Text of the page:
Culture Weekly

Weaving magic

May 9 - May 15, 2024
Gulf Weekly Weaving magic
Gulf Weekly Weaving magic
Gulf Weekly Weaving magic
Gulf Weekly Weaving magic
Gulf Weekly Weaving magic

Gulf Weekly Naman Arora
By Naman Arora

Six of Bahrain’s top creatives are threading the needle between the art and craft of fabric in a unique exhibition being showcased in Muharraq.

The Beyond the Thread group exhibition, which runs until May 30, features art pieces by Bader Al Saad, Christine Khonjie, Giuse Maggi, Hala Kaiksow, Mhairi Boyle and Noor Alwan, and is on display at the Bin Matar House under the umbrella of Shaikh Ebrahim Centre for Culture and Research.

“The artists in the exhibition have embraced textiles, fabrics and fibres as one of their primary mediums and sensitively explore material and process for artistic expression, metaphorical meaning and tool for critically questioning our environmental footprint and social impact of economic production processes,” the exhibition’s curator Melissa Enders-Bhatia told GulfWeekly.

“By so doing, the selected artists also tap into the rich textile and craft heritage in Bahrain, from the weavers in the village of Bani Jamra to the Kurar and Al Naqda embroidery traditions, the use of the indigenous palm tree for palm leaf weaving and paper making and inspiration from local Islamic architecture and embedded abstract decorative patterns.

“Fibre art has broadened the idea of what art can be and embraced the symbolism, embedded knowledge and gendered and colonial histories inherent in the medium. The artists in the exhibition show us unique interpretations of this medium through artworks created specifically for the exhibition Beyond the Thread.”

In Bader’s (Instagram: @imbaderthanthat) So My Heart May Be At Peace series, the needlework artist stitches together his passion for cross-stitching with his spiritual connection with the Holy Quran.

According to Bader, this collection encapsulates the Sufi pursuit of a peaceful soul by embodying four main characteristics: ‘ekhlas’ (Arabic: devotion), ‘tawakul’ (surrender), ‘sabr’ (patience), and ‘ehsan’ (excellence/ doing good). These four main characteristics are then broken down into three pillars: ‘alamer’ (God’s commands), ‘alwa’ad’ (God’s promises), and ‘al jaza’a’ (God’s rewards).

Meanwhile, Hala’s (IG: @halakaiksow) Rooting Systems explores a return to land, both metaphorically and physically, and what it means to shape and be shaped by the environment.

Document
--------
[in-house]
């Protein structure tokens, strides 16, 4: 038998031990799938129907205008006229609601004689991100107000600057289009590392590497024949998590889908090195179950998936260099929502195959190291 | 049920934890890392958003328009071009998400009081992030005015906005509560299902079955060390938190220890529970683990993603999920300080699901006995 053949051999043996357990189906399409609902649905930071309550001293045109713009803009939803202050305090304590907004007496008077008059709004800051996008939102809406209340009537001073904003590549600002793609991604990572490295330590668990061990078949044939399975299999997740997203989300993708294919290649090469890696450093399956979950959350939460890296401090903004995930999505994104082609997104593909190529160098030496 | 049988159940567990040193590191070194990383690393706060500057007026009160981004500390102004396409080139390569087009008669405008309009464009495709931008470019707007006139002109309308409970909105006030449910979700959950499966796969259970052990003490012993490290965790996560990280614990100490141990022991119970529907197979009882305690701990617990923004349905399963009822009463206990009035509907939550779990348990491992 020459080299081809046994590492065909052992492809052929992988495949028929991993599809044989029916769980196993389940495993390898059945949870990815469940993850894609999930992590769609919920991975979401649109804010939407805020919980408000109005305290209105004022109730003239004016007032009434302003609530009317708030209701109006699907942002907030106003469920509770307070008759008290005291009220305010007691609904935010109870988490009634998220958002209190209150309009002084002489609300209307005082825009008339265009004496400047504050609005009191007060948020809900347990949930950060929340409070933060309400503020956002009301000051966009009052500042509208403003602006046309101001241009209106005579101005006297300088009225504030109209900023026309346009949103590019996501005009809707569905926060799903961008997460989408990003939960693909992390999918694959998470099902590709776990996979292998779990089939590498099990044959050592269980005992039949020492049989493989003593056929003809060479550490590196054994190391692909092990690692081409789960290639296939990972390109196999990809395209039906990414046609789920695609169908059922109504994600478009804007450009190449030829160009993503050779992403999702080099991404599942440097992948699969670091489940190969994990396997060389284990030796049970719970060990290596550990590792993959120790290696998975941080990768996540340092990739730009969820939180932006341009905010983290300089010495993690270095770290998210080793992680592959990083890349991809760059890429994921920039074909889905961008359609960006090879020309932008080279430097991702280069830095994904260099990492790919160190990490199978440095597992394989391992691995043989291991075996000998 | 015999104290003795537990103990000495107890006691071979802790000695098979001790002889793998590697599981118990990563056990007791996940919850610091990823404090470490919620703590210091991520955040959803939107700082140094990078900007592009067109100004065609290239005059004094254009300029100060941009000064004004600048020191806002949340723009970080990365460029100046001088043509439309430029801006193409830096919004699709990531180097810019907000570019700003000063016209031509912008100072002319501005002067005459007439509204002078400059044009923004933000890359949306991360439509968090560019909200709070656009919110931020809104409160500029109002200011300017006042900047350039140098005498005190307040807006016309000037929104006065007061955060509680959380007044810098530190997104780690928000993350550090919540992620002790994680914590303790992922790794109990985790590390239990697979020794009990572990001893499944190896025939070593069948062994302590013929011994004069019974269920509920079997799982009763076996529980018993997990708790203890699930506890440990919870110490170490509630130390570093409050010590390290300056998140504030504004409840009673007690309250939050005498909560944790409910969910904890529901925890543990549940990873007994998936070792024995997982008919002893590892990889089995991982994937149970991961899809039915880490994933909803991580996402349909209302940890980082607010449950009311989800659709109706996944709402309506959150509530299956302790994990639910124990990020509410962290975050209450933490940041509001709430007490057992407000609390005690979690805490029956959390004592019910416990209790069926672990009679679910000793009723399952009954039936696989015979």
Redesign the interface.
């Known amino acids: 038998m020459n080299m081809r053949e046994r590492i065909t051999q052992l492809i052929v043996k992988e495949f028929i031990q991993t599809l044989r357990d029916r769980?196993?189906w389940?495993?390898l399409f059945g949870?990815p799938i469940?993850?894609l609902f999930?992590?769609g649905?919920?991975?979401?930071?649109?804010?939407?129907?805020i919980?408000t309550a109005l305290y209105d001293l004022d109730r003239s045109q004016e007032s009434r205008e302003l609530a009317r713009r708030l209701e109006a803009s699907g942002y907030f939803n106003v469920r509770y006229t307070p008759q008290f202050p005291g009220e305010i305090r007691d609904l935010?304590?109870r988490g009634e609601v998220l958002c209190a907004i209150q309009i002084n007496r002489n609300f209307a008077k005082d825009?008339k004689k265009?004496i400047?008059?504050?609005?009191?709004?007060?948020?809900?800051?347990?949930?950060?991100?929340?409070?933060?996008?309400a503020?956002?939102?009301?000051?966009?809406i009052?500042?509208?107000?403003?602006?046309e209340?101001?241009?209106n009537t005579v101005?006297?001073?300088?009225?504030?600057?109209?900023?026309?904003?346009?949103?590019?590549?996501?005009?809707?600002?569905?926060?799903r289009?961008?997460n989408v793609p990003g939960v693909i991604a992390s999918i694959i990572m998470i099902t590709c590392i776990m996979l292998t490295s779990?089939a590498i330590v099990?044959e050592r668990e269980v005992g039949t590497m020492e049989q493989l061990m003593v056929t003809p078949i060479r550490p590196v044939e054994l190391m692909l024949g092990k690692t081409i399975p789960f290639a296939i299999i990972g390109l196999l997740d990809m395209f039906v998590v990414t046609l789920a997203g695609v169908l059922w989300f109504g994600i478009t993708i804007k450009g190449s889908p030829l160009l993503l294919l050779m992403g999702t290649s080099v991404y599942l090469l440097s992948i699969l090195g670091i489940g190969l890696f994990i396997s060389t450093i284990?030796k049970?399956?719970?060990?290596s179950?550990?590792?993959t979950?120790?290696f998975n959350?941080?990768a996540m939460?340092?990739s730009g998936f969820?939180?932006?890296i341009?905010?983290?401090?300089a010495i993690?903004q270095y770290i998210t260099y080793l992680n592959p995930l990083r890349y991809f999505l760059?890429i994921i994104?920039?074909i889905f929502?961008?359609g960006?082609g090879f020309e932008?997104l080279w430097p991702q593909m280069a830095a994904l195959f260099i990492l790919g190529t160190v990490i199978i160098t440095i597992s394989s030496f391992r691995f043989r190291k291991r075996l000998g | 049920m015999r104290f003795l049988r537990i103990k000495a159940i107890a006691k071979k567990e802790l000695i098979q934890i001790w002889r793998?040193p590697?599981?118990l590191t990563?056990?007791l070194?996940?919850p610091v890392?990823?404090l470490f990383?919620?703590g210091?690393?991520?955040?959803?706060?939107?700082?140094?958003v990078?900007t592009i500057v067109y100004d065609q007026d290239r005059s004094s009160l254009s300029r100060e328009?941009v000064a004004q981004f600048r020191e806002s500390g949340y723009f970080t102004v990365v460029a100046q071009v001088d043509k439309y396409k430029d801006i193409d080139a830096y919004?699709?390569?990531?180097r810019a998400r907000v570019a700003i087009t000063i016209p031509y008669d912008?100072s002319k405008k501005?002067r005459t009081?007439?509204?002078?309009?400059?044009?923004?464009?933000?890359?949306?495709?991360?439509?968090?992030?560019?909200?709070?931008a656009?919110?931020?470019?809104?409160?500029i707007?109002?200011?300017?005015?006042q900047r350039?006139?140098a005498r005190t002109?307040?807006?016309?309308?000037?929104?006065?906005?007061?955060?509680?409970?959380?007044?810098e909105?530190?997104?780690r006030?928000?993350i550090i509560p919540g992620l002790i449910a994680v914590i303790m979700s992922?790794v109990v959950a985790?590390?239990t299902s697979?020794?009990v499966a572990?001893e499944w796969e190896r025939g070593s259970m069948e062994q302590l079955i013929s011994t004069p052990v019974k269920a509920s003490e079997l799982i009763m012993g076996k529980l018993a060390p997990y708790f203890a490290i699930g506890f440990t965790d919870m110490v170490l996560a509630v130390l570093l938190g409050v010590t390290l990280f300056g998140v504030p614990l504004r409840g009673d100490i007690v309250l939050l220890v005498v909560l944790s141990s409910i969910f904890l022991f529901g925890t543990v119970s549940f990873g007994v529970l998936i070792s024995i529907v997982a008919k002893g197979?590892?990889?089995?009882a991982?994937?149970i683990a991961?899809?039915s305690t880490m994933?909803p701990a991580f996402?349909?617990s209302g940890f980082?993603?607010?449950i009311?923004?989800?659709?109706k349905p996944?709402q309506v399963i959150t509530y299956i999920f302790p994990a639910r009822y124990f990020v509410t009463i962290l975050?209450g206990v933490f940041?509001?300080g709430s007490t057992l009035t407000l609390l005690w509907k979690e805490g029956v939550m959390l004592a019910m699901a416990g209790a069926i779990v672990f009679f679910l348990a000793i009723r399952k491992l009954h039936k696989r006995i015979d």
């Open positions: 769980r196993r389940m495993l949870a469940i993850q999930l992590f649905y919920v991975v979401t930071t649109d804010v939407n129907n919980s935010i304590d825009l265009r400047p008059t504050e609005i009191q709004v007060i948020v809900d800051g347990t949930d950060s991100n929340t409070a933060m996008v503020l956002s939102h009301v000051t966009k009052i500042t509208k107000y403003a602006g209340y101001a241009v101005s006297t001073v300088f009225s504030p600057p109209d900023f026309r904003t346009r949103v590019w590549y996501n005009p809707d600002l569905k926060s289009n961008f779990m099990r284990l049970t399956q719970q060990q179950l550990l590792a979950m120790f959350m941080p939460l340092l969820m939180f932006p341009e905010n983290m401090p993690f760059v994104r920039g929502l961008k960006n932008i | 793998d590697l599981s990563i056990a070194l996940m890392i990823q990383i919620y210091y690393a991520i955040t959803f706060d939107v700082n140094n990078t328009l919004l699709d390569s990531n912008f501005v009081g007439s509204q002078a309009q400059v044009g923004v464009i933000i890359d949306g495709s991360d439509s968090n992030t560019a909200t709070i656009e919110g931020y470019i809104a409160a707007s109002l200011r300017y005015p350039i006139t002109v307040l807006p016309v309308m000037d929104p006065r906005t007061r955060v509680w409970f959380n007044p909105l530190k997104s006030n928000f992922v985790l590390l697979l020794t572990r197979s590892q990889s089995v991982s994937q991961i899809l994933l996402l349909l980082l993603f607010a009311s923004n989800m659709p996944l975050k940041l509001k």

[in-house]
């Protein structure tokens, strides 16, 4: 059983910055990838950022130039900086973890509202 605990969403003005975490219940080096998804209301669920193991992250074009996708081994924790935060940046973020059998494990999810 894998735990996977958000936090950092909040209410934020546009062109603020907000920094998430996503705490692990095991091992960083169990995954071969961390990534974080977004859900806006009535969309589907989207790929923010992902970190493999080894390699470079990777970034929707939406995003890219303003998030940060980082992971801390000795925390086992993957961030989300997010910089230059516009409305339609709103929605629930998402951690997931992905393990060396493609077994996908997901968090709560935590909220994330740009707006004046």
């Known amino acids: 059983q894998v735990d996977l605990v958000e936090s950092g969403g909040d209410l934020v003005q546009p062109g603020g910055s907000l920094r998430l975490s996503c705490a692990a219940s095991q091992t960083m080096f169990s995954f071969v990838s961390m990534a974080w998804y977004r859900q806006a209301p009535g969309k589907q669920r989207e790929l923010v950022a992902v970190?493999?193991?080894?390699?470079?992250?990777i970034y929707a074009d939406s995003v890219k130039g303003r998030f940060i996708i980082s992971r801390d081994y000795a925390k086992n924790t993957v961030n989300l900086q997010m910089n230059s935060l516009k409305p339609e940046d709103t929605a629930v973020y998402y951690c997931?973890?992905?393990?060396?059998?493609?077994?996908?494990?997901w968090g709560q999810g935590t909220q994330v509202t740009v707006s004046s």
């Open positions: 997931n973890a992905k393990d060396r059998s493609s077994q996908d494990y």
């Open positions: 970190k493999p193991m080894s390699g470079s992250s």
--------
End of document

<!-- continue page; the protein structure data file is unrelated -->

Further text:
“In this work I explore paper as a medium that can be both rigid and fluid, that can offer shelter but maintain its fragility at the same time,” she explained.

“The work is then embroidered with cloth and thread that takes its colour from the madder root that has been harvested from my garden to create the vibrant blood-red hue, that guides the audience through the work and allows them to take refuge under its lines.”

Similarily, Mhairi (IG: @mhairi.boyle) has drawn her inspiration from Bahrain’s natural features, building on her 2020 project What She Sees, which was exhibited in the Bahrain Pavilion at Expo 2020 in Dubai.

Her four-part inLAND | COASTal series uses natural dyes created with dried date seeds, spices and locally grown herbs as well as seaweed.

“The pieces are all hand woven by Habib Al Rasool from Bani Jamrah, who has inherited the craft and knowledge from his late grandfather, and father Saleh Al Rasool,” she added.

Noor (IG:@noornalwan) is also building on a previous work, adding to her 2021 series Sacred Spaces, which adapts her grandfather, Mohamed Janahi’s drawings into spatial installations using embroidery on textiles.

In Sacred Sanctum, she is inspired by a dome in one of his earliest drawings of a mosque, and reinterprets it into a human-scale size made out of multi-coloured sheer organza and embroidery.

“The hung dome with its translucency and movement invites people to enter and experience it within to create a fleeting space of sanctuary,” she added.

Over in the Forever series, Italian multidisciplinary artist Giuse ( addresses the importance of repurposing salvaged materials, exploring the interplay between form and colour, experimenting with plastic materials and employing textile techniques including quiltying, stitching, mending, embroidery and crocheting.

Drawing inspiration from Bauhaus textile art, she integrates simple coloured shapes to convey depth and create an illusion of dimension.

“Deliberately narrative threads, through embroidery, connect the fabric’s composition, allowing abstract landscapes to emerge,” she added.

Taking inspiration from her passion for prehistory, Christine’s (IG:@khonjie) Embroidering My Shadow piece builds on nature-based myths in a style reminiscent of historic cave paintings.

“Embroidering is walking step by step on an unknown path, tying up the thread, cutting it, going forward again, and losing my way, from light to darkness, the needle tattooing a dream body,” she explained.

For more details, follow @shaikh_ebrahim_center on Instagram.

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